With Oscar-winning songwriters performing onstage and winners who aren't interrupted by music, you can call it the anti-Oscars
The Academy's Scientific and Technical Awards ceremony has been dubbed the nerd Oscars before – but after Saturday night's show at the Beverly Wilshire Hotel, you could also call it the anti-Oscars.
After all, the show began with something that the big show has decided to do away with this year: the live performance of an Oscar-nominated song, in this case the Oscar-winning "Falling Slowly" from Glen Hansard and Marketa Irglova.
It included far more smart guys than movie stars. Not one of the winners had his speech interrupted by music, even if he pulled out a piece a paper and read a list of thank-yous.
(The choice of pronoun is not sexist: Not one of the 30 winners was female.)
And near the end, it featured a very lengthy and literate speech that took to task all those who think the Academy Awards need updating or freshening.
You won't find any of those things at the big show in two weeks, but they were all on display at the Sci-Tech Awards, an annual tribute to the people who put the Sciences in the Academy of Motion Picture Arts and Sciences.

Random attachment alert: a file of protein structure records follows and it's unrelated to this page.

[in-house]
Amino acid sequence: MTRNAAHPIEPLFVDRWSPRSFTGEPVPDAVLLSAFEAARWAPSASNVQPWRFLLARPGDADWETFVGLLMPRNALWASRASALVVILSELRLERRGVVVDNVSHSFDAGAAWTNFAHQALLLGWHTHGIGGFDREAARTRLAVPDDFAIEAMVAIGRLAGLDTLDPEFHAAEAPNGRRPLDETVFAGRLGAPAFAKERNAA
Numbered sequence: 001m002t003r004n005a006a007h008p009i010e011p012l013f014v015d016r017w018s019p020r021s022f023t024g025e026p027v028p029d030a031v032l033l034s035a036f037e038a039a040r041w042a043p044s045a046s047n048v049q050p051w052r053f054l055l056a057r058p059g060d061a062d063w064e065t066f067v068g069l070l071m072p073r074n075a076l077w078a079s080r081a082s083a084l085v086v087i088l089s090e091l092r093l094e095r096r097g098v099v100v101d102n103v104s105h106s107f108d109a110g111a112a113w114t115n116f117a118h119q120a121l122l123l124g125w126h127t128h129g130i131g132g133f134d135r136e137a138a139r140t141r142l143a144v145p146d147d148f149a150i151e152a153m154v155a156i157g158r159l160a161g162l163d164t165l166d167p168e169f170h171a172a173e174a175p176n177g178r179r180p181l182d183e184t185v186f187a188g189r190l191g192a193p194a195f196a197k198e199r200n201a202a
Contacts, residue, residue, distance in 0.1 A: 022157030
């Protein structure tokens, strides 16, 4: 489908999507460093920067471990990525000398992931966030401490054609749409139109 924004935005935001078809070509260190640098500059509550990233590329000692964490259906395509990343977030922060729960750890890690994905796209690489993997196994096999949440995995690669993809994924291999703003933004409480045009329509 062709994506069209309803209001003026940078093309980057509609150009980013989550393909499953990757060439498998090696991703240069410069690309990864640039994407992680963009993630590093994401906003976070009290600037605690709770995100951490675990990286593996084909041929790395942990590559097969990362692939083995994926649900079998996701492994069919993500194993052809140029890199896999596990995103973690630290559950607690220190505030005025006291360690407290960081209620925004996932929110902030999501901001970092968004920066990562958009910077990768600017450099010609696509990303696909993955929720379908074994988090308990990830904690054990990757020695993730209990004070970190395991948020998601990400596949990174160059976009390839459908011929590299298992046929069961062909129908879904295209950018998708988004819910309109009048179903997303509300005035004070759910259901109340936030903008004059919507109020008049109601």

The Sci-Tech Awards are a night when an actress (this year, Milla Jovovich) gets to use phrases like "mico-voxels" and "active servos" and "inner actuators" and "motion vector fields" and "high-efficiency anti-halation layer."
"I won't be taking questions," said Jovovich after donning a pair of glasses but before tackling the lengthy and technical descriptions of the eight achievements that were awarded with Sci-Tech Awards by the Academy's Scientific and Technical Awards Committee.
In a way, the Sci-Tech Awards honor the folks who give the tools to the ones who'll be getting higher-profile Oscars two weeks from now.